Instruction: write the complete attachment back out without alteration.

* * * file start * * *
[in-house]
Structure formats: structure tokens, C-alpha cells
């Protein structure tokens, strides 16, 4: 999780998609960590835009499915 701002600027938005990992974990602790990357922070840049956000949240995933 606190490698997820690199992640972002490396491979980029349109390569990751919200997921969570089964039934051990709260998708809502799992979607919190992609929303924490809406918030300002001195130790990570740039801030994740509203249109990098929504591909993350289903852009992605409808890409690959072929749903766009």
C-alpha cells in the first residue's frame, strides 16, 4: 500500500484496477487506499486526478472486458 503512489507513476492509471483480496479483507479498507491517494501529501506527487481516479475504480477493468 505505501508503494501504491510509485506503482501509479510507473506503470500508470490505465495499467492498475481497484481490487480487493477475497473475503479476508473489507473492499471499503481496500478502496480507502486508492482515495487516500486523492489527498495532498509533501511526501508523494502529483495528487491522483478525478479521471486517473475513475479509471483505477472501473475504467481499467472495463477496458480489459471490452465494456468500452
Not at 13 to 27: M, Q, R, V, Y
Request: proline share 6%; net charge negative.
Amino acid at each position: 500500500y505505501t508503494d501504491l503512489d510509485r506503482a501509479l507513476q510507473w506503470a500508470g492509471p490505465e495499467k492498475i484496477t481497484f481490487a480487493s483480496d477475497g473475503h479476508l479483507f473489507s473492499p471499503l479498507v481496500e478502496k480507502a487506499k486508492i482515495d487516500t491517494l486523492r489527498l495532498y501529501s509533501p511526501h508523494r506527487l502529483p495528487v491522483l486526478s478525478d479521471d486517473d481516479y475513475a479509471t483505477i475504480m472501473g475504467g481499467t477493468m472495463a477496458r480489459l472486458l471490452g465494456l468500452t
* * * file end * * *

[in-house]
Structure formats: structure tokens, C-alpha cells
């Protein structure tokens, strides 16, 4: 999780998609960590835009499915 701002600027938005990992974990602790990357922070840049956000949240995933 606190490698997820690199992640972002490396491979980029349109390569990751919200997921969570089964039934051990709260998708809502799992979607919190992609929303924490809406918030300002001195130790990570740039801030994740509203249109990098929504591909993350289903852009992605409808890409690959072929749903766009």
C-alpha cells in the first residue's frame, strides 16, 4: 500500500484496477487506499486526478472486458 503512489507513476492509471483480496479483507479498507491517494501529501506527487481516479475504480477493468 505505501508503494501504491510509485506503482501509479510507473506503470500508470490505465495499467492498475481497484481490487480487493477475497473475503479476508473489507473492499471499503481496500478502496480507502486508492482515495487516500486523492489527498495532498509533501511526501508523494502529483495528487491522483478525478479521471486517473475513475479509471483505477472501473475504467481499467472495463477496458480489459471490452465494456468500452
Not at 13 to 27: M, Q, R, V, Y
Request: proline share 6%; net charge negative.
Amino acid at each position: 500500500y505505501t508503494d501504491l503512489d510509485r506503482a501509479l507513476q510507473w506503470a500508470g492509471p490505465e495499467k492498475i484496477t481497484f481490487a480487493s483480496d477475497g473475503h479476508l479483507f473489507s473492499p471499503l479498507v481496500e478502496k480507502a487506499k486508492i482515495d487516500t491517494l486523492r489527498l495532498y501529501s509533501p511526501h508523494r506527487l502529483p495528487v491522483l486526478s478525478d479521471d486517473d481516479y475513475a479509471t483505477i475504480m472501473g475504467g481499467t477493468m472495463a477496458r480489459l472486458l471490452g465494456l468500452t